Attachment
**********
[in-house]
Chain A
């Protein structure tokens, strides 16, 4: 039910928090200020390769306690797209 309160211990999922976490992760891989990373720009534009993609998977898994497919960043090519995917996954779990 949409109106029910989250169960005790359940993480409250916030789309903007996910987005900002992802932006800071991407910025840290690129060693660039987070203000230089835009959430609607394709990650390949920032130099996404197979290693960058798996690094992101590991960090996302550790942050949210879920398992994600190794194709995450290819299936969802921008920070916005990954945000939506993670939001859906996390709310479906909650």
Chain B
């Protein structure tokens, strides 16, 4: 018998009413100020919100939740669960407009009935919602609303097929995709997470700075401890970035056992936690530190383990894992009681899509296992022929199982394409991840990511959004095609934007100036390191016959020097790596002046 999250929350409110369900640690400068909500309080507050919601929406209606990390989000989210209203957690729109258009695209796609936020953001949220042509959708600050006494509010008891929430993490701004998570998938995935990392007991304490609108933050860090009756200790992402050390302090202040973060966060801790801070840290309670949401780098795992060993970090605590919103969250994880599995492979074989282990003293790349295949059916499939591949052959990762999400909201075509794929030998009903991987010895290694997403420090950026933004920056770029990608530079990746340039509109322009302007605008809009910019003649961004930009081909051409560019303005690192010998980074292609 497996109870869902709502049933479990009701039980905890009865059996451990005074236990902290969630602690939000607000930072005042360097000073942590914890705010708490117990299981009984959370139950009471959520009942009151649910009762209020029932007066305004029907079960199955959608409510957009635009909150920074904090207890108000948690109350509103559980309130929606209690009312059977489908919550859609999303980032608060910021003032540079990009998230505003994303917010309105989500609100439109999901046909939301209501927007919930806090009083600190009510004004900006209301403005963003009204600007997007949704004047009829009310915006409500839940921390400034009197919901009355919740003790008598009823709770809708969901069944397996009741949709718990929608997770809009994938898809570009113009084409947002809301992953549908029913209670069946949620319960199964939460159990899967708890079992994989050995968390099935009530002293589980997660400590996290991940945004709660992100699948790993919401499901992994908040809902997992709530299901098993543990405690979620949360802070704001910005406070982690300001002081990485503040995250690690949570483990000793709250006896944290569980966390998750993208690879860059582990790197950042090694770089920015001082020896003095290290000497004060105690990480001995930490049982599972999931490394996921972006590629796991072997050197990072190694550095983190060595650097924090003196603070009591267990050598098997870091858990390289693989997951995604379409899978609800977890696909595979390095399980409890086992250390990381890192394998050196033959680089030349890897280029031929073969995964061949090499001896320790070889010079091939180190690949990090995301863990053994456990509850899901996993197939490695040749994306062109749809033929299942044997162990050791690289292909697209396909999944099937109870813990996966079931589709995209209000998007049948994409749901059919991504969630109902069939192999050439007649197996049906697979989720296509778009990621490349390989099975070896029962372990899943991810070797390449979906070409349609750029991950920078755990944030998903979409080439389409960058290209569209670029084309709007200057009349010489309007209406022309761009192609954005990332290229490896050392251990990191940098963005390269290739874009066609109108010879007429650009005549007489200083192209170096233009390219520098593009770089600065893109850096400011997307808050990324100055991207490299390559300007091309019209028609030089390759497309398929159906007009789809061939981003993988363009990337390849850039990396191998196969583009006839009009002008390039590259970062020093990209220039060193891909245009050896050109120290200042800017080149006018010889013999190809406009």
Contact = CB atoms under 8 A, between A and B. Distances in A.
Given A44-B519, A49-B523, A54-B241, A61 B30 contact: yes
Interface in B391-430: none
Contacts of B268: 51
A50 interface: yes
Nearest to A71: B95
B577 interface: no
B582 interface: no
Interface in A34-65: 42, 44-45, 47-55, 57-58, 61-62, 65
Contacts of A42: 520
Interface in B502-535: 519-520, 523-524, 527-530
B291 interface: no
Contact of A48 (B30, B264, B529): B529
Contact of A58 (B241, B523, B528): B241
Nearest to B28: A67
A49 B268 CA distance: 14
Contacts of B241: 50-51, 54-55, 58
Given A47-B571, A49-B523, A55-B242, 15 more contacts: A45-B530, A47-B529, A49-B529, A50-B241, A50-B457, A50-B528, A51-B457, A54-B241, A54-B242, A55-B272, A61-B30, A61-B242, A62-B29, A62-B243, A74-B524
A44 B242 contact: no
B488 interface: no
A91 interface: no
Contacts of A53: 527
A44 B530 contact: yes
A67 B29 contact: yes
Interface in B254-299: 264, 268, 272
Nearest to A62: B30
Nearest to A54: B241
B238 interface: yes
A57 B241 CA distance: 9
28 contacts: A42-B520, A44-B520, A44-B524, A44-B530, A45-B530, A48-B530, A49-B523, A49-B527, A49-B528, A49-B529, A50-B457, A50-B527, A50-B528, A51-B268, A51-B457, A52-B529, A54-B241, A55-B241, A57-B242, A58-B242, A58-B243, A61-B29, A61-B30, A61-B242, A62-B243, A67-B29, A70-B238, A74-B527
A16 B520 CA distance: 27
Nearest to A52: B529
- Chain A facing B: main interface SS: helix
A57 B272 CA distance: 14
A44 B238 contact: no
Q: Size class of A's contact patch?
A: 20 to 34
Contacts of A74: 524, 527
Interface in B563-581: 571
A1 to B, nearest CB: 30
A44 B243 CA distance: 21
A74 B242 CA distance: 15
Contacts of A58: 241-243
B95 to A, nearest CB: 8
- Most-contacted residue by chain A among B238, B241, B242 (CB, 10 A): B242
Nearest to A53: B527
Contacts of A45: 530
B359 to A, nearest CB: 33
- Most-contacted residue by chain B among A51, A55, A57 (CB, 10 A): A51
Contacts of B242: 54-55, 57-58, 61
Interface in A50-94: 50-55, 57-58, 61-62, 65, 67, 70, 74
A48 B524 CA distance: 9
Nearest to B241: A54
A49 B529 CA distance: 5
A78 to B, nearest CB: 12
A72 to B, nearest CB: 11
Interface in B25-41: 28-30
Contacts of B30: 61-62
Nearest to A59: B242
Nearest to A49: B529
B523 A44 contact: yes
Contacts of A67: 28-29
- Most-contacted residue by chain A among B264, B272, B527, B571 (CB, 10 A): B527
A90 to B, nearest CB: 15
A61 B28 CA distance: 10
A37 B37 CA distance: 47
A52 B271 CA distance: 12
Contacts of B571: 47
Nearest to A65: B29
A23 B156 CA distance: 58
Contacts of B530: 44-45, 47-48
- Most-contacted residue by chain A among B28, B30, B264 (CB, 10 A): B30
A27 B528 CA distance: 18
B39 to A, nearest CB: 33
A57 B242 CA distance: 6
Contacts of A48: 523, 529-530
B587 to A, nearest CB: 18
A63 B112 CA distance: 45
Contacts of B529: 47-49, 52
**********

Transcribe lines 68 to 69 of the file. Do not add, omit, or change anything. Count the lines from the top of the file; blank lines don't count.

- Most-contacted residue by chain A among B264, B272, B527, B571 (CB, 10 A): B527
A90 to B, nearest CB: 15